Euralarm calls for postponement of the applicability date of the RED DA
The European Commission has taken steps to protect its citizens from cyber-attacks and data breaches by establishing the Delegated Act ((EU) 2022/30) for the Radio Equipment Directive. Although CEN/CLC/JTC 13/WG 8 is achieving an unprecedented task with the extremely fast development of harmonised standards supporting the RED DA requirements, Euralarm feels that the applicability date of the RED DA (currently August 2024) will prevent the placing on the market of a significant number of existing and new products with a potential high impact on businesses and consumers and should therefore be postponed. Euralarm calls the European member states to work with the Commission on a better alignment between finalization of the standards and the applicability date.
Radio Equipment Directive (RED)
Manufacturers are increasingly taking advantage of new technology and the internet to improve their products; therefore, cyber security is now critically important. In order to ensure a safe and secure online environment, the European Commission has therefore established a number of new regulations. Among these are the proposal for a Cyber Resilience Act and the RED Delegated Act.
The latter has entered into force and covers via articles 3(3)(d), (e), and (f) specific kinds of radio equipment. Among these are internet-connected radio equipment, wearable technology or portable equipment with a radio function, equipment used to transfer money or virtual currency and child’s toy with a radio function, or other equipment used for childcare. This addition will include wireless product for fire safety and security.
A working group of experts from across Europe (JTC13/WG8) is now developing harmonised standards to support the RED DA essential requirements. These harmonised standards will provide manufacturers with clear guidance on what is expected of them when it comes to meeting the requirements set out in the RED DA. In case of lack of standards cited in the Official Journal of the EU, the manufacturers have to go through a notified body to achieve the compliance assessment procedure.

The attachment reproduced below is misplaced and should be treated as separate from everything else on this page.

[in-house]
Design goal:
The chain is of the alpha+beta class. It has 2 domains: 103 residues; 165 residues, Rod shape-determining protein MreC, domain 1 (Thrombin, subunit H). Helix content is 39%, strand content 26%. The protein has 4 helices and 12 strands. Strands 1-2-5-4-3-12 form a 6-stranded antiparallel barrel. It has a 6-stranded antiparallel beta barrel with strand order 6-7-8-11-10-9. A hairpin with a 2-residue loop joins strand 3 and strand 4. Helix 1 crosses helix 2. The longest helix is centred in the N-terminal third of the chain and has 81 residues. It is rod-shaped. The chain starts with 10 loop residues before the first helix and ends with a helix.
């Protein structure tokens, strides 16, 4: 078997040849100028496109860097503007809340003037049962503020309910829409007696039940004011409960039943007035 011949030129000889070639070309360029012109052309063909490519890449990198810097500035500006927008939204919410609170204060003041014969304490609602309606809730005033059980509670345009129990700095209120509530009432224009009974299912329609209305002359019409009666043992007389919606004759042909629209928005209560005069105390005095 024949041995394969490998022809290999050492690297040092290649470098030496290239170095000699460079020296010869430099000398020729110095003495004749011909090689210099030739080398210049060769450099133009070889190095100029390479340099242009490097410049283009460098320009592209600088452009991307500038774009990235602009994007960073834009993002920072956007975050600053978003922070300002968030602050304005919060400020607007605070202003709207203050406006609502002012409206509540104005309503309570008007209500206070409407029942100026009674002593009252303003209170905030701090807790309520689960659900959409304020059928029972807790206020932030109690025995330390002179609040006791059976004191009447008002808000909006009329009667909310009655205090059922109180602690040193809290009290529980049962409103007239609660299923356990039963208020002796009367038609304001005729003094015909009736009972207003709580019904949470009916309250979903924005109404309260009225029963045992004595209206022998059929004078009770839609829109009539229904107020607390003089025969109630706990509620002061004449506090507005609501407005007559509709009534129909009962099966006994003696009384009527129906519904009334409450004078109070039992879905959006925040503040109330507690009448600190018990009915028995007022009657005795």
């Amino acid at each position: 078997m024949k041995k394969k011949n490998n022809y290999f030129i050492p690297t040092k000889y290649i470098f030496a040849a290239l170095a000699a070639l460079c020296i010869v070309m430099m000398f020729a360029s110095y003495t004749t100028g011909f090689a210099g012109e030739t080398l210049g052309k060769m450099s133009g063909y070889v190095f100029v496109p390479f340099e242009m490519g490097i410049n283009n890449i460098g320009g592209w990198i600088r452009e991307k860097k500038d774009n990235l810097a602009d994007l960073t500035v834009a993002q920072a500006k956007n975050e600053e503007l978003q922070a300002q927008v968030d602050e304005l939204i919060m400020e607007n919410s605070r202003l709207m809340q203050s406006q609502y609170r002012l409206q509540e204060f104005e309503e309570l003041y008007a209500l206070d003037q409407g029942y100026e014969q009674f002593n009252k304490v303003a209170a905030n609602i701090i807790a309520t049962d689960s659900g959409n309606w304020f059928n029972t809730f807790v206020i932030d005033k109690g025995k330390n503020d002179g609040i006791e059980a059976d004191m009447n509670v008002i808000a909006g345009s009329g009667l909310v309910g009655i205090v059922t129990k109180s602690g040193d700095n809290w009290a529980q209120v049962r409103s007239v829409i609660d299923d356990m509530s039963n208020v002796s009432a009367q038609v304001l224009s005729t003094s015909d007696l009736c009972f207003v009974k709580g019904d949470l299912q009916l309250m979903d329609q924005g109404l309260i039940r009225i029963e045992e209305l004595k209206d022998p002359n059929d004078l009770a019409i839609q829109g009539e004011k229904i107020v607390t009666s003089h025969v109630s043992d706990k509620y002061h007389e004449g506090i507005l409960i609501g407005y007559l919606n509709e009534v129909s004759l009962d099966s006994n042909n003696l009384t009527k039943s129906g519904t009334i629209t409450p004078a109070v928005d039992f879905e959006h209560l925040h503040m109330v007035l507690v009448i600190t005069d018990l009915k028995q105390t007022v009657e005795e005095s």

The applicability date of the RED DA is currently set at August 2024. Looking at the process Euralarm urges the European Commission and the Member States to take into consideration:
- That it is most likely that the harmonised standards won’t be cited in time. Despite the progress so far it is expected that the harmonised standards will, in best case, be adopted by CEN-CENELEC 1 or 2 months before the applicability date.
- The assessment and citation process will generate an additional delay after the adoption. The unavailability of any HAS consultant to help JTC13/WG8 in the drafting process creates an additional uncertainty on the chance to get the adopted standards cited in the OJEU.
- Meanwhile the delay will prevent the manufacturers to proceed in due time with self-assessment of conformity to the new essential requirements.
- There are an insufficient number (4 concentrated in 2 countries) of notified bodies able to provide the necessary conformity assessment, therefore this does not constitute a viable route to compliance. Even though their number is expected to increase in the coming months, they will be overloaded by the demand meaning that most of the manufacturers won’t have any route available during months to achieve the compliance assessment procedure.
- This will delay the market availability for every existing and new product falling under the RED DA causing manufacturers to stop placing on the EU market the products that are in scope awaiting the compliance assessment procedure to be completed. Among these products is a wide range of radio products for the business-to-business and business-to-consumer markets.
- Service companies will not be supplied with the products to be installed. It will be clear that a proper alignment of the applicability date of the RED DA on the one hand and the delivery time of the harmonised standards, including the time needed for assessment, testing and market delivery are of utmost importance. If not proper aligned it will have a negative impact on the economic activity in the Member States of the European Union for both business-to-business and business-to-consumer products.
Together with National Trade Associations Euralarm therefore strongly urges the Member States and the Commission to decide on postponement of the applicability date. A postponement of 9 months would re-instate the original sequence between adoption of the standards and applicability date set in the Standardisation Request M/585 but a delay of 12 to 18 months would increase the opportunity for the manufacturers to have their products assessed by a notified body.